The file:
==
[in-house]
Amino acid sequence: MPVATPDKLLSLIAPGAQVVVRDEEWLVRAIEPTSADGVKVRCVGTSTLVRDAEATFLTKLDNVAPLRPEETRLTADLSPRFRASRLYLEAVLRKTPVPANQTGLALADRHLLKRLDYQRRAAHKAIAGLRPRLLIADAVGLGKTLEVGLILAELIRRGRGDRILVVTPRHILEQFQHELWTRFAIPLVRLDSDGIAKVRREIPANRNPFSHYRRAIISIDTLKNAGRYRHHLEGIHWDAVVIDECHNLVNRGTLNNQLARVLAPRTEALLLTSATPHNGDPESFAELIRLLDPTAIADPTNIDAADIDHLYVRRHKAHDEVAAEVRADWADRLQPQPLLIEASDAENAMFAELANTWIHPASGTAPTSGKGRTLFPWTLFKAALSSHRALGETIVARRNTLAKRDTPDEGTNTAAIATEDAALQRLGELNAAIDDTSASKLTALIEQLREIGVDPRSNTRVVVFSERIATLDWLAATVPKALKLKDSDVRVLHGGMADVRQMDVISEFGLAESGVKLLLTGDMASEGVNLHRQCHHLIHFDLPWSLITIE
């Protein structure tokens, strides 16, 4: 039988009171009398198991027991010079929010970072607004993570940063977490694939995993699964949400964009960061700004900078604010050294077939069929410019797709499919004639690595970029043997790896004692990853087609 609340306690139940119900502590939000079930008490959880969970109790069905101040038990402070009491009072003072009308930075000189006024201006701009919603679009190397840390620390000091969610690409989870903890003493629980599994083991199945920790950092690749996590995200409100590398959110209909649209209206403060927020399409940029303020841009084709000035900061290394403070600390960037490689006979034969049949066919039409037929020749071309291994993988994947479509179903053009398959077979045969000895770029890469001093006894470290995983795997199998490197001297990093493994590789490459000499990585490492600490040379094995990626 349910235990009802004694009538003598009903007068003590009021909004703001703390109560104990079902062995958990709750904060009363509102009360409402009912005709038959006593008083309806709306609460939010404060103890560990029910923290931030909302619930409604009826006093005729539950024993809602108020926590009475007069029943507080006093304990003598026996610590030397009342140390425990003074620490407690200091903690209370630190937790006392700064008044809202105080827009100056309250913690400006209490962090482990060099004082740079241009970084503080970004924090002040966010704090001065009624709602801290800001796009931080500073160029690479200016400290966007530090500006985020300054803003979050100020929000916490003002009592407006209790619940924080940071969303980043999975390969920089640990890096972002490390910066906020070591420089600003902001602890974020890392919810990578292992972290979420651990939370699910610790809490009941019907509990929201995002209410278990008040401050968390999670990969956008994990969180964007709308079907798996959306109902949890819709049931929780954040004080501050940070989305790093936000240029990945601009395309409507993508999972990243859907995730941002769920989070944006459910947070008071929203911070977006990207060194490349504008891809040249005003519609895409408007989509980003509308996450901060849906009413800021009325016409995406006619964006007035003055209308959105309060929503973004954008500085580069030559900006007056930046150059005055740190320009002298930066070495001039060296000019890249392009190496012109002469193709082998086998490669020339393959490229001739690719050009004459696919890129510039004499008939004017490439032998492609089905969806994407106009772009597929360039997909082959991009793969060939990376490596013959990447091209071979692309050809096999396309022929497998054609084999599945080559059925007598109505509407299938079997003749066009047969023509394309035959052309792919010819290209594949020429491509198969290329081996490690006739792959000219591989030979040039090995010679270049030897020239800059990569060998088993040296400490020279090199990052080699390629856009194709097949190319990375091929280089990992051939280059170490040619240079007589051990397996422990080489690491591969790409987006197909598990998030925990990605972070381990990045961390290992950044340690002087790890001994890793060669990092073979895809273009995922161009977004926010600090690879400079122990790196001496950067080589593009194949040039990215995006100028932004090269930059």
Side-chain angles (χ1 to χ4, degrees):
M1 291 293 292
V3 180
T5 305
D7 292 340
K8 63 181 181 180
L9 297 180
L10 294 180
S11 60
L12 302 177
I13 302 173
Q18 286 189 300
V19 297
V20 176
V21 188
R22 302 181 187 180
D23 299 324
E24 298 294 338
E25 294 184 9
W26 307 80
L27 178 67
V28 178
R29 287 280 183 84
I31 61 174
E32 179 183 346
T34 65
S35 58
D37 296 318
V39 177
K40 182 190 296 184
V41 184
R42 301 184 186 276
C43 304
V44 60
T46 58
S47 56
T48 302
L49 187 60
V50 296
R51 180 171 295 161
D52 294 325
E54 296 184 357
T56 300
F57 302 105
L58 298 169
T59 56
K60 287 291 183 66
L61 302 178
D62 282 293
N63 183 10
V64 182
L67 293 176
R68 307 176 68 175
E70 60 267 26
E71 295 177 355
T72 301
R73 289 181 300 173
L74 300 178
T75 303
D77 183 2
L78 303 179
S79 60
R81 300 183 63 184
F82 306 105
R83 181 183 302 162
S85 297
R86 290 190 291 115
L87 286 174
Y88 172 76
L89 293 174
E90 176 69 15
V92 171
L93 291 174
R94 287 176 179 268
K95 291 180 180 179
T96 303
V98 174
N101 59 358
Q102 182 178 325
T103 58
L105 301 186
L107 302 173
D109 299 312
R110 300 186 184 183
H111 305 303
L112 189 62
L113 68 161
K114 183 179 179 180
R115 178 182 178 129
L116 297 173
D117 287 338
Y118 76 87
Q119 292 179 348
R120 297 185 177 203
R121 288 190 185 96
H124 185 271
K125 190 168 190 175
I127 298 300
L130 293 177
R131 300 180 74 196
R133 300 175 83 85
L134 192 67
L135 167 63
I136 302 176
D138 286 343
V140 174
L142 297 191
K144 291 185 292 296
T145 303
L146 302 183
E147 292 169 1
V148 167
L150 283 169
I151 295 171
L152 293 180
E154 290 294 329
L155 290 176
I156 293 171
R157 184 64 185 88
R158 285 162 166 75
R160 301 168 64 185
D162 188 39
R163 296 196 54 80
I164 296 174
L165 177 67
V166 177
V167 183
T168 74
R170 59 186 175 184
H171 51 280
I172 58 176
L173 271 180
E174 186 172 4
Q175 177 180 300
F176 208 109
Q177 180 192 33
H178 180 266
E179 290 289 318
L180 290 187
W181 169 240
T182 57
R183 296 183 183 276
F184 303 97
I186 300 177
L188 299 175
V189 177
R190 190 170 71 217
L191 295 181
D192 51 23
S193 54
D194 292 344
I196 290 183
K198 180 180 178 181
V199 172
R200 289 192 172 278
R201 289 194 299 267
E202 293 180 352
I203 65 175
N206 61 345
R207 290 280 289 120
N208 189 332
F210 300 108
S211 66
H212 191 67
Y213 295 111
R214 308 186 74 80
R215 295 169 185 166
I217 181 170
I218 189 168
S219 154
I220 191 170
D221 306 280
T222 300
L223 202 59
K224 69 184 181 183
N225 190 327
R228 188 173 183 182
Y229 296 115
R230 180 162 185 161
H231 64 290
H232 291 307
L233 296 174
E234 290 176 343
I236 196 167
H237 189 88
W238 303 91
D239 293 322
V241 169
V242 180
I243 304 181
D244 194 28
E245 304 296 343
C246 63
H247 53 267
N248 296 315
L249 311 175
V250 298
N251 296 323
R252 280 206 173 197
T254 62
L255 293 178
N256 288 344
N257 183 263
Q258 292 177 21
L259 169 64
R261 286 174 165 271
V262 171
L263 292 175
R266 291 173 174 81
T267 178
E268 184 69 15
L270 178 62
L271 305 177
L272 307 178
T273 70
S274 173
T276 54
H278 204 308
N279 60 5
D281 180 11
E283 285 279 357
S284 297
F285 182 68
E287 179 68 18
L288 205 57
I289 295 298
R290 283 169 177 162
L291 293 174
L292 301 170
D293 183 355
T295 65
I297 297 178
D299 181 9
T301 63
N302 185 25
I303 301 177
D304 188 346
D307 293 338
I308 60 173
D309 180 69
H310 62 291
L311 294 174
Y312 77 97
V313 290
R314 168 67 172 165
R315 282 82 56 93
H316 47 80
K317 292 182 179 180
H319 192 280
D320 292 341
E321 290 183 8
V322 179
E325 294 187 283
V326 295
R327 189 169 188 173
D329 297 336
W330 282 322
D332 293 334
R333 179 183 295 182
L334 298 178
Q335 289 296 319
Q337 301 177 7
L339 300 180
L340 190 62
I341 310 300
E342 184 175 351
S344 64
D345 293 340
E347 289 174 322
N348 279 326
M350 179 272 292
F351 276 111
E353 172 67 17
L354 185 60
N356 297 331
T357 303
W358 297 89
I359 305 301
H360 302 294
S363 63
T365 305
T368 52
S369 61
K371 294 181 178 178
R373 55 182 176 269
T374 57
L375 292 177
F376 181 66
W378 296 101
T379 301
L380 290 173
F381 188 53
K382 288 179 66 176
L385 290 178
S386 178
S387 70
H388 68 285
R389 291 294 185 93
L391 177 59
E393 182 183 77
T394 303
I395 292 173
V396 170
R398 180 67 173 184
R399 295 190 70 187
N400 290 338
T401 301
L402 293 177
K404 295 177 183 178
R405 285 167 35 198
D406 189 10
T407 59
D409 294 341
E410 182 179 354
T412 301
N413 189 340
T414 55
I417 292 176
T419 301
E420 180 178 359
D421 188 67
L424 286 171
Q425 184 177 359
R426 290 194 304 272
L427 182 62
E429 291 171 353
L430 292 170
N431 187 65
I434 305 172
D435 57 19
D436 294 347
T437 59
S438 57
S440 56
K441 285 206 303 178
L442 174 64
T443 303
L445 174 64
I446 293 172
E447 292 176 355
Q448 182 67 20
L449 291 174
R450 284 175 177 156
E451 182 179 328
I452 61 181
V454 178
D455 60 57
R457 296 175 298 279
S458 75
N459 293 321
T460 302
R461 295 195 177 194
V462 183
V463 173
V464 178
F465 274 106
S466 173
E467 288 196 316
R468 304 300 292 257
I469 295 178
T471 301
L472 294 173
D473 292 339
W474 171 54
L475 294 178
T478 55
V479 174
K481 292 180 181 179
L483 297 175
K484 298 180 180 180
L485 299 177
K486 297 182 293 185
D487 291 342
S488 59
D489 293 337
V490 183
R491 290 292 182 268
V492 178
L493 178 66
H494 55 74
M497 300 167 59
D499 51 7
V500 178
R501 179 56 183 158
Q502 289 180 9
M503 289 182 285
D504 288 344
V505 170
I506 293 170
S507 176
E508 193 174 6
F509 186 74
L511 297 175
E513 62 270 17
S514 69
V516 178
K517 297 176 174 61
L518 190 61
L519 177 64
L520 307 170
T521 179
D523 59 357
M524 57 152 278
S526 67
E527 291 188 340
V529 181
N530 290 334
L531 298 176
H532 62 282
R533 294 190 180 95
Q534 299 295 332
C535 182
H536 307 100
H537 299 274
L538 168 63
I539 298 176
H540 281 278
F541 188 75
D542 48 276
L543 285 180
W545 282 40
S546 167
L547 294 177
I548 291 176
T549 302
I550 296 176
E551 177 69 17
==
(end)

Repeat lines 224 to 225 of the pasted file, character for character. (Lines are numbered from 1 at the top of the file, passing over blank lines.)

E283 285 279 357
S284 297